This symmetry and its consequences are amply but probably unintentionally reflected in Friedberg’s policy prescriptions for what Washington should be doing to rectify the errors he attributes to engagement. He starts by rebuking what he calls the “lexicon of strategic paralysis”—the use of pejorative slogans to preempt policy changes by presuming that they would fail. Specifically, he criticizes those who warn against a “new Cold War” with China, “containment,” “decoupling,” or “regime change.” Friedberg’s policy recommendations would essentially promote all four.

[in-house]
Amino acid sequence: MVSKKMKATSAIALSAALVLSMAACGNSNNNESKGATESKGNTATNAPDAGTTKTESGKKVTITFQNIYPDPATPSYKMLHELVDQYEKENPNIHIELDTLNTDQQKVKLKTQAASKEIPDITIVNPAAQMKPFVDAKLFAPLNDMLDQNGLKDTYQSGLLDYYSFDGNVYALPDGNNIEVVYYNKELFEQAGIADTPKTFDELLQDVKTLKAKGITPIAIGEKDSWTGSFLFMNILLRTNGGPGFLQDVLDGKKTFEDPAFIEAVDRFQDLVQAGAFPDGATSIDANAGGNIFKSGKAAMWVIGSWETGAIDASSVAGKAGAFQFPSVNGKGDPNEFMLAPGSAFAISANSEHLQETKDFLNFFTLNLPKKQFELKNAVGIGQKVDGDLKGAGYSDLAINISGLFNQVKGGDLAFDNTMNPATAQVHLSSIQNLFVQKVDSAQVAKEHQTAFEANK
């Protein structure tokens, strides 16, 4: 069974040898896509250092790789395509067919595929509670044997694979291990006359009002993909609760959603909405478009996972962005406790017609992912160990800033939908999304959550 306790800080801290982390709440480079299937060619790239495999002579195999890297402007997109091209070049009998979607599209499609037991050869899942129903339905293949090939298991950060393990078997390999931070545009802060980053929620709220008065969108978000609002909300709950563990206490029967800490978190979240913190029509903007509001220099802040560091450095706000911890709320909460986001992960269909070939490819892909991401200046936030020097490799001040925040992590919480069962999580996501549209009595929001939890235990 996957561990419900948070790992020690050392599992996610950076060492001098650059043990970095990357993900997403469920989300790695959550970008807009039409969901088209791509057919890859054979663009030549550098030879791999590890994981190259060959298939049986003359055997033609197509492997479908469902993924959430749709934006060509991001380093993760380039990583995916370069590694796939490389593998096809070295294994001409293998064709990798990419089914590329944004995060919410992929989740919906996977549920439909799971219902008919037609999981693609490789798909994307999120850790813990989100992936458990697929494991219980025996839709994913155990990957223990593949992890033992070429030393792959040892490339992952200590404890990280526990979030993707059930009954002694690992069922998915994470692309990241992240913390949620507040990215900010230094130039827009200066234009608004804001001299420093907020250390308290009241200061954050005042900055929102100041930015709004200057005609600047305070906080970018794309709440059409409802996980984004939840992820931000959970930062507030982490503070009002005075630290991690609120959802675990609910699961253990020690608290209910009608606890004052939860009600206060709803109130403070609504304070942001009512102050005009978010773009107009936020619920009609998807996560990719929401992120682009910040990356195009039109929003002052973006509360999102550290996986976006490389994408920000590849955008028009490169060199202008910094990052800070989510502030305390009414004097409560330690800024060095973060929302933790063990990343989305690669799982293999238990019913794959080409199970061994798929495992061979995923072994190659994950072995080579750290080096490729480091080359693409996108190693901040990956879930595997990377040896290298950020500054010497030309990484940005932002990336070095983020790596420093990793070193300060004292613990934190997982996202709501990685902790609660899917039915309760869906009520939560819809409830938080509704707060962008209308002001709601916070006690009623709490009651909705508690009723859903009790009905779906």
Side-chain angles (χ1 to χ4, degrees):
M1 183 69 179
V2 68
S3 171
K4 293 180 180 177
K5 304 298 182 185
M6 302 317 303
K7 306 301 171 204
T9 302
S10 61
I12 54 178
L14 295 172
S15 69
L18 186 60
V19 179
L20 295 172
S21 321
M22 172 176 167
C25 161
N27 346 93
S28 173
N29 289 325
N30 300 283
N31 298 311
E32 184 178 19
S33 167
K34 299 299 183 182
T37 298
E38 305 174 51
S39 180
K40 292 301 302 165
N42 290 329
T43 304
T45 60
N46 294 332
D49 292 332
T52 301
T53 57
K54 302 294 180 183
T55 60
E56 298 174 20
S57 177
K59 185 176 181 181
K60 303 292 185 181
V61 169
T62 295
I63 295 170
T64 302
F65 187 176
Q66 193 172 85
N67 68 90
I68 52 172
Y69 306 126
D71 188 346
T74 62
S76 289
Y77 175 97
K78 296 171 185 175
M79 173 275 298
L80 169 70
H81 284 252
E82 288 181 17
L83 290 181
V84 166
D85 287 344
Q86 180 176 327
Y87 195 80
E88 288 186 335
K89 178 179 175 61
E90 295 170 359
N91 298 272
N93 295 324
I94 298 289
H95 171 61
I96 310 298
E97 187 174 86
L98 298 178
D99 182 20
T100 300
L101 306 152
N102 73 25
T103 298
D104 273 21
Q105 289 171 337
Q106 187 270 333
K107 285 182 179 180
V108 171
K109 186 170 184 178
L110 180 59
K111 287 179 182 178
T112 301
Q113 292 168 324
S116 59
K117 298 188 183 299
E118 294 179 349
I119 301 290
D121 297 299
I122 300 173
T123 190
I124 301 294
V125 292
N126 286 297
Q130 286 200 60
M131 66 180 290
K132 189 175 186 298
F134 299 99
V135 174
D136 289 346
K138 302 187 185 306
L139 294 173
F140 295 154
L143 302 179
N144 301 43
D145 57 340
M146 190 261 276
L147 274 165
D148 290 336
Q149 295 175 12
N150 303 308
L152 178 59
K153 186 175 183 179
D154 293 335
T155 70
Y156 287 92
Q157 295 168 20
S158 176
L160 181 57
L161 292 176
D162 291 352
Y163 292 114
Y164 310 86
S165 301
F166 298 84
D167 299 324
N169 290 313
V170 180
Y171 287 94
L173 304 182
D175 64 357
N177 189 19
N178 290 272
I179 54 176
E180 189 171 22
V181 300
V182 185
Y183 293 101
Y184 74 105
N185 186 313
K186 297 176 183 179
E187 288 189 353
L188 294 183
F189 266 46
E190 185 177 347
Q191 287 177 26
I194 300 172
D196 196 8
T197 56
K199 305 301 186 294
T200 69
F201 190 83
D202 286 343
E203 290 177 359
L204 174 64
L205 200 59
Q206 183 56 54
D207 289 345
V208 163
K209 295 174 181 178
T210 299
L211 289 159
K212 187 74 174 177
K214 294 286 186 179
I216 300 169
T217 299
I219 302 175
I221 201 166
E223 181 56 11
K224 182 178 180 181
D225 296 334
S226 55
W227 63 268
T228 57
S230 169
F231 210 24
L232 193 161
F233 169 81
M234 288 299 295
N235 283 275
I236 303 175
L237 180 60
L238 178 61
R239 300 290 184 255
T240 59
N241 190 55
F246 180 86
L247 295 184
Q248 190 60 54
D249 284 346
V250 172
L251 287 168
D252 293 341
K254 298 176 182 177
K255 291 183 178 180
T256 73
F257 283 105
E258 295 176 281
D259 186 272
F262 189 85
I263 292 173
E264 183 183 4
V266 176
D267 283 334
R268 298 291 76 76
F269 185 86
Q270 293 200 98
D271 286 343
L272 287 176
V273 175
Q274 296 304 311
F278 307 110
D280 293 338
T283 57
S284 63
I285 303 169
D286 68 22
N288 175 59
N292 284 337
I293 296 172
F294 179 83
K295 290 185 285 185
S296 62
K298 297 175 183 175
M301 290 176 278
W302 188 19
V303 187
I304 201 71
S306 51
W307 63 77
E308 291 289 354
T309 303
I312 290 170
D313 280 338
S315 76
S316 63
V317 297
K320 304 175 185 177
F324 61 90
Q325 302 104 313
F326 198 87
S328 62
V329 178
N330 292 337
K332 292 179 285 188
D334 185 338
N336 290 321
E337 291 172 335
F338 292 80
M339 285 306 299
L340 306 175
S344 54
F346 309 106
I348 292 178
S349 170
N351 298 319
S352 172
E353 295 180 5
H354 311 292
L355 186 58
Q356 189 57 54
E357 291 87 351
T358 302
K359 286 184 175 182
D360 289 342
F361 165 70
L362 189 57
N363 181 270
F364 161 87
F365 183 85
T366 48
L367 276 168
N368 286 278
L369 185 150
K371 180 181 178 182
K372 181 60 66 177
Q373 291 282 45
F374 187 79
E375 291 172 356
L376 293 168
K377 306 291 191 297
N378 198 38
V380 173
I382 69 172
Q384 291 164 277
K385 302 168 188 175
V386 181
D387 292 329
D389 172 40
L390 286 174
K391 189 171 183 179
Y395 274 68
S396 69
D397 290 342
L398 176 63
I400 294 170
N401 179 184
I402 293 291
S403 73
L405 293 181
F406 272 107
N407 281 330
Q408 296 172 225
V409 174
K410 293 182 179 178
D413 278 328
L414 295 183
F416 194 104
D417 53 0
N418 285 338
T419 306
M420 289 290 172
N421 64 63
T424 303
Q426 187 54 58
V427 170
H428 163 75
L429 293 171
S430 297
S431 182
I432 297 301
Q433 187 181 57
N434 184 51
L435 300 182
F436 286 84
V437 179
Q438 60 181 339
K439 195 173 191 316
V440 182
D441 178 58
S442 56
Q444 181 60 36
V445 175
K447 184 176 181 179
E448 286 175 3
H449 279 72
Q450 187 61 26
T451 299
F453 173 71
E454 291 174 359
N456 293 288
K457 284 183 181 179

He contends that an “all-out Cold War style ‘neo-containment policy’ designed to isolate China, stifle its growth, and prevent its rise” was not the only alternative to engagement. The United States and its allies, he suggests, could instead have used their leverage “more forcefully to try to compel Beijing to modify its domestic politics” and could have taken steps to slow the growth of China’s power and to impose constraints on its external behavior.” The substantive difference between these two characterizations is not clear. Similarly, he suggests that “containment” is not feasible, but asserts that the United States and its allies “are going to have to find ways to offset and neutralize China’s growing ability to impose its will upon them, whether through coercive threats, direct attack, or by gaining control over key chokepoints or portions of the global commons.” How is that not “containment”? On “decoupling,” Friedberg observes that Beijing is trying to reduce China’s economic dependence on other countries and increase their dependence on China, because the CCP “has always regarded economic policy as a tool for enhancing China’s power relative to the United States.” But Washington’s approach—and his recommendations—reflect the same goals and regard economic policy much the same way. Finally, on “regime change,” Friedberg recommends that Washington “increase the pressure that the CCP regime feels from within to address its own domestic failings by heightening awareness of them among its citizens.” This echoes statements by Trump administration officials that appeared to encourage the Chinese people to overthrow their government.